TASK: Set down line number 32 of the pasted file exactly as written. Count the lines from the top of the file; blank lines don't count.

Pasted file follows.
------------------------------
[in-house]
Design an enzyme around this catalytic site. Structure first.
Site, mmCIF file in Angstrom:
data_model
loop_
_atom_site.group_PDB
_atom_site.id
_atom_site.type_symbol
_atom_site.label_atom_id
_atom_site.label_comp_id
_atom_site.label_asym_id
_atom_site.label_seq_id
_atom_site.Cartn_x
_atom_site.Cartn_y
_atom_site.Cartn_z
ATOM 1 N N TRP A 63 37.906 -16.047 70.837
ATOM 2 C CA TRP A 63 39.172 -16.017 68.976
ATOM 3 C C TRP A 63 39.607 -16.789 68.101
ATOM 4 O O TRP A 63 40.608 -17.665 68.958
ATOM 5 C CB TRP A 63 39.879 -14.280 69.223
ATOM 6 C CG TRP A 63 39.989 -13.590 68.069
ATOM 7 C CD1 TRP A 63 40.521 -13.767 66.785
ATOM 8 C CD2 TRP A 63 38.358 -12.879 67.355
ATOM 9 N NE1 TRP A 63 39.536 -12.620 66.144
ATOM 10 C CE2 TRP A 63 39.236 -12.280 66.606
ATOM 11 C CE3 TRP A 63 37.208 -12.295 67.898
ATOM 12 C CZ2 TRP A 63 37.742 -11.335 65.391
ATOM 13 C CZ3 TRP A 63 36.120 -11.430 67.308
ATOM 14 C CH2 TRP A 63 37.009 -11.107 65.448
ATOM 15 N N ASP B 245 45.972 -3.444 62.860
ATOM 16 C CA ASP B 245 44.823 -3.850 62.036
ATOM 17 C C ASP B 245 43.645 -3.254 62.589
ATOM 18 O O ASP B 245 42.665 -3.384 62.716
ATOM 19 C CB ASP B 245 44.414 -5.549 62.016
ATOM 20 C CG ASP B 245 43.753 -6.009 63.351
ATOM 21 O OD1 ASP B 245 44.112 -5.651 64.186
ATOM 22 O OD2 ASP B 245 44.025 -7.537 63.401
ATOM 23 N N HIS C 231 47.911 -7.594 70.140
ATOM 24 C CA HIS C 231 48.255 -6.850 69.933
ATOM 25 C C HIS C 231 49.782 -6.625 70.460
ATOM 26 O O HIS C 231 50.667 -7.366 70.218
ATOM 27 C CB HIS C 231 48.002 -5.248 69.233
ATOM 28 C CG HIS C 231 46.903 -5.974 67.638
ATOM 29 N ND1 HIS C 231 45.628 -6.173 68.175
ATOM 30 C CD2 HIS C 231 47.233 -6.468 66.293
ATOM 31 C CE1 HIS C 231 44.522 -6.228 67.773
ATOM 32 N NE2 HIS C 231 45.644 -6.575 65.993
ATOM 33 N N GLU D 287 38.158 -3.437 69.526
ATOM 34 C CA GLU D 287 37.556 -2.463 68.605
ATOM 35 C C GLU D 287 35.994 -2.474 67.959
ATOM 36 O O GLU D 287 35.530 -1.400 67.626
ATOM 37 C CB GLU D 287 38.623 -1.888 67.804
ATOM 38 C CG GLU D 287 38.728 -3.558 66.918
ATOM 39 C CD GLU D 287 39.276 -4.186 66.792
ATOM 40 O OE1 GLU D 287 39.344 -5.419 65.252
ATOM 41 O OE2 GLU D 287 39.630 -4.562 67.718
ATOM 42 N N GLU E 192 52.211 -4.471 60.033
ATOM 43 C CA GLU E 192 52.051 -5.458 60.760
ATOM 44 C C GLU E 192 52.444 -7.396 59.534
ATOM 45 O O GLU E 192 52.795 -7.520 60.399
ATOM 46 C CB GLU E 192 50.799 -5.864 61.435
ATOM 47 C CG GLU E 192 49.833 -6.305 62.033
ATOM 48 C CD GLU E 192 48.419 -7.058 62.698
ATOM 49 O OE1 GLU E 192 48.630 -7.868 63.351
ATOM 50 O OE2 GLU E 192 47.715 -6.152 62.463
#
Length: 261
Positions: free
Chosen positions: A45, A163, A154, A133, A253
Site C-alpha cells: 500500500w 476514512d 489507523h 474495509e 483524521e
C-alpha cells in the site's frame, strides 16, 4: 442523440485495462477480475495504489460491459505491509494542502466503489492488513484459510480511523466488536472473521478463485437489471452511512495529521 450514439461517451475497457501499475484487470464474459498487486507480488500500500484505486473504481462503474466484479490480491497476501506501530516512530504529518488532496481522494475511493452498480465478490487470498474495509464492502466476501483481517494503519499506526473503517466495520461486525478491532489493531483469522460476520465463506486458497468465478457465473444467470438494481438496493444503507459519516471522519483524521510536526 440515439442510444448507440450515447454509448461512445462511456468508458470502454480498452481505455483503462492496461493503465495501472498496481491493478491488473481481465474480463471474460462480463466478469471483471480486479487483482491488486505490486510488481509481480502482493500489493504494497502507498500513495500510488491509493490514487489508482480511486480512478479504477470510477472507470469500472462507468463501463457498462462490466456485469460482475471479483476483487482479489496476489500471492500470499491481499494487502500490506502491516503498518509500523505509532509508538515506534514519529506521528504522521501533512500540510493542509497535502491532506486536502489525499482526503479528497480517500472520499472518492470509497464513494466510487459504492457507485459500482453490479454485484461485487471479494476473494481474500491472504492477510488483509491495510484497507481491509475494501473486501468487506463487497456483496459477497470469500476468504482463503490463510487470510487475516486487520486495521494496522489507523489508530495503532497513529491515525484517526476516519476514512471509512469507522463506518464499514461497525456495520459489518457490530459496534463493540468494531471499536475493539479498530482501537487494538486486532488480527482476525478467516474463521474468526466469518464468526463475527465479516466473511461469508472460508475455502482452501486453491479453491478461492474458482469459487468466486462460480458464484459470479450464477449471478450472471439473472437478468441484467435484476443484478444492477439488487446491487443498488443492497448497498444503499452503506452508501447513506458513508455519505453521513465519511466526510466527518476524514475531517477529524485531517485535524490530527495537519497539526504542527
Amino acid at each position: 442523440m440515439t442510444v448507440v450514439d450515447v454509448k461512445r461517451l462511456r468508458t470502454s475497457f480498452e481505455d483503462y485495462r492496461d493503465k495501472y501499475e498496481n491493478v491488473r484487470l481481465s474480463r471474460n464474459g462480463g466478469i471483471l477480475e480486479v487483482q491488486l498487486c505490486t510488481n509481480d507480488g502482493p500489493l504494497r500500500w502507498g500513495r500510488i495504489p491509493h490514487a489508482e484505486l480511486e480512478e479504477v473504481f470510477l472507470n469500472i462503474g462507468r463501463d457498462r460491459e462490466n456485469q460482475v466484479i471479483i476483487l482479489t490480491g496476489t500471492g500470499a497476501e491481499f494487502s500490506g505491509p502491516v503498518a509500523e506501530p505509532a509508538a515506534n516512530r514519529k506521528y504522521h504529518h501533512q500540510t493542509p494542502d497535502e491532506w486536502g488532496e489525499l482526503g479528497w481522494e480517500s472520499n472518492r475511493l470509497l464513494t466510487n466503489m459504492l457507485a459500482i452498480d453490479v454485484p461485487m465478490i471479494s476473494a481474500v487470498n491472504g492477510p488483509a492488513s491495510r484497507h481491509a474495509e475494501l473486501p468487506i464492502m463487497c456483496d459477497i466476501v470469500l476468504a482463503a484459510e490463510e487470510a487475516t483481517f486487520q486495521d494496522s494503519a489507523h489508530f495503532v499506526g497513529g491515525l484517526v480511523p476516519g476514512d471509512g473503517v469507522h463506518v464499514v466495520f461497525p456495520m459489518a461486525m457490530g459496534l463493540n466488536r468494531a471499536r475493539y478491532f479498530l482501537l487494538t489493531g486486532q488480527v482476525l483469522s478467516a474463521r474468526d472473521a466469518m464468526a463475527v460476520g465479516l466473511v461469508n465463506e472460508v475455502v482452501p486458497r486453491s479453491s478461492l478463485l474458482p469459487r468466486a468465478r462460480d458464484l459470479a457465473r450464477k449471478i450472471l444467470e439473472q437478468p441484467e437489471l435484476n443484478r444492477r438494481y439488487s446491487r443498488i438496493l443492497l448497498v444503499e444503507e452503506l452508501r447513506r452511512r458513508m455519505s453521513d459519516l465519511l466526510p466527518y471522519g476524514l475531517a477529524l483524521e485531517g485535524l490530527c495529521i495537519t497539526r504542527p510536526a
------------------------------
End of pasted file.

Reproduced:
ATOM 17 C C ASP B 245 43.645 -3.254 62.589